The Department for Transport (DfT) has awarded £1.95 million in funding to innovators inventing ways to improve the efficiency, safety and sustainability of the transport system.
The DfT provided the funding through the government’s Transport Research and Innovation (TRIG) grants scheme, which was established in 2014. Since its launch, the TRIG scheme has allocated £6m to more than 200 projects.
For its 11th round of funding, the program – carried out in partnership with the government innovation agency for the transport industry and autonomous vehicles Connected Places Catapult – is supporting 51 projects, the highest annual number of projects supported in a year. in the history of the program.
The DfT selected the winners based on four key themes: maritime decarbonisation, the future of freight, the COVID-19 recovery and transport resilience.
“This year, the program has focused on increasing the diversity of its applicants. From Southampton to the Shetland Islands, the winning projects are based across the UK and reflect the DfT’s commitments to upgrading,” the DfT said.
Among the winners is AJEA Products, which focuses on creating stand-alone flood protection for critical transportation infrastructure. It will design self-deploying barriers that can be installed at stations across the UK that will automatically pop up when flooding is detected, preventing passenger journeys from being disrupted by extreme weather conditions.
City Science Corporation has received funding to develop a system to identify optimal locations for mobility hubs using AI-based generative design, while Robotiz3d’s Seal-It project aims to create the first proof-of-principle prototype of a test bed to quantitatively evaluate the performance of road crack sealing materials and methodologies.
Another infrastructure-related project that has received TRIG funding is Inorail at the University of Surrey. This involves the development of a damage detection system for railway bridges using an instrumented train that can inspect bridges on the layout while moving at operational speed.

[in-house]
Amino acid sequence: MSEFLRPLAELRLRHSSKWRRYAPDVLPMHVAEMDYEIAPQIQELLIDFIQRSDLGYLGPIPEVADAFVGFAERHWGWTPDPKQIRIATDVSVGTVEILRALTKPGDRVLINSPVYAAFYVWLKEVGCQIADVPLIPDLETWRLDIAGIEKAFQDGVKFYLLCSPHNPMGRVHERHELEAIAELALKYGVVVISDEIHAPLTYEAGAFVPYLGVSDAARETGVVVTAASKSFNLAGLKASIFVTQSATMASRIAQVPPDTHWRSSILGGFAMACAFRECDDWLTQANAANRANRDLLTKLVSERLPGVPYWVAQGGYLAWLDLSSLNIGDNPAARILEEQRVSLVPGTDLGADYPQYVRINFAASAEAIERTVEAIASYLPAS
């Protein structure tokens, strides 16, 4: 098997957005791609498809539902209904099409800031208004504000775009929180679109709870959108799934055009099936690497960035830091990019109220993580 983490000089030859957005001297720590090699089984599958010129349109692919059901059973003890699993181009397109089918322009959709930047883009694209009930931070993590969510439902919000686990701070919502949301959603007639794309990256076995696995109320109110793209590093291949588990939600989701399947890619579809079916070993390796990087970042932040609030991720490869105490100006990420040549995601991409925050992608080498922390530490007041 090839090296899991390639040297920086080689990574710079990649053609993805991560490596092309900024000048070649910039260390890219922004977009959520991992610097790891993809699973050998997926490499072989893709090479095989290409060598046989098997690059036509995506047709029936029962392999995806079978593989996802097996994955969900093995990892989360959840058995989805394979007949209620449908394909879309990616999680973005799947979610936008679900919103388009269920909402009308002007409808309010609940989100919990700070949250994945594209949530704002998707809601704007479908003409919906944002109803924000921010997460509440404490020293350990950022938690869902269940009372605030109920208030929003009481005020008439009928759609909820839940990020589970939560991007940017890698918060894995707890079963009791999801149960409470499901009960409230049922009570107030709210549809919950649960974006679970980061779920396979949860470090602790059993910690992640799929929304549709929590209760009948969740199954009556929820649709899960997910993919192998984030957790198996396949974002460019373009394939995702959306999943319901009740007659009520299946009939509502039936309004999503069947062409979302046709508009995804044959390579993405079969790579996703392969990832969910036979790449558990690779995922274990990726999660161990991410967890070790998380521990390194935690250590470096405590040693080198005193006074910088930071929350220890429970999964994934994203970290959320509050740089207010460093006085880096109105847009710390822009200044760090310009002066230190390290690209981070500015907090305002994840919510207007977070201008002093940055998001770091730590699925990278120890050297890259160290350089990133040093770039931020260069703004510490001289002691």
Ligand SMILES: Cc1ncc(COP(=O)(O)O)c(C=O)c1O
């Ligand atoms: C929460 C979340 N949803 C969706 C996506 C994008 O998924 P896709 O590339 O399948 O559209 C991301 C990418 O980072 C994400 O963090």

The University of Strathclyde has secured funding for its proposal to develop an early warning and real-time bridge scour risk assessment tool, leveraging information from flood forecasting, modeling low cost hydraulics and flow sensors.
Another winning bid was John Lamb Executive Solutions’ project to deliver a prototype of mature geospatial technology, which addresses the challenge of maintaining situational awareness of road network impacts during major incidents. Stormchain aims to enable a rapid and proactive risk-based response to the loss of bridges, structures and community access.
Transport Minister Trudy Harrison said: “Innovation funded through TRIG could be the key to unlocking a more efficient and safer transport system for tomorrow. I support the ingenious ideas of this year’s cohort every step of the way and wish the successful applicants the best of luck. I look forward to seeing the ideas grow to boost our green agenda and create high-skilled jobs across the UK.
Earlier this week, Railway Minister Wendy Morton launched the sixth round of the DfT-funded First of a Kind (Foak) competition with £7.6million to be allocated to rail projects focusing on the improvement of the profitability and performance of the network.
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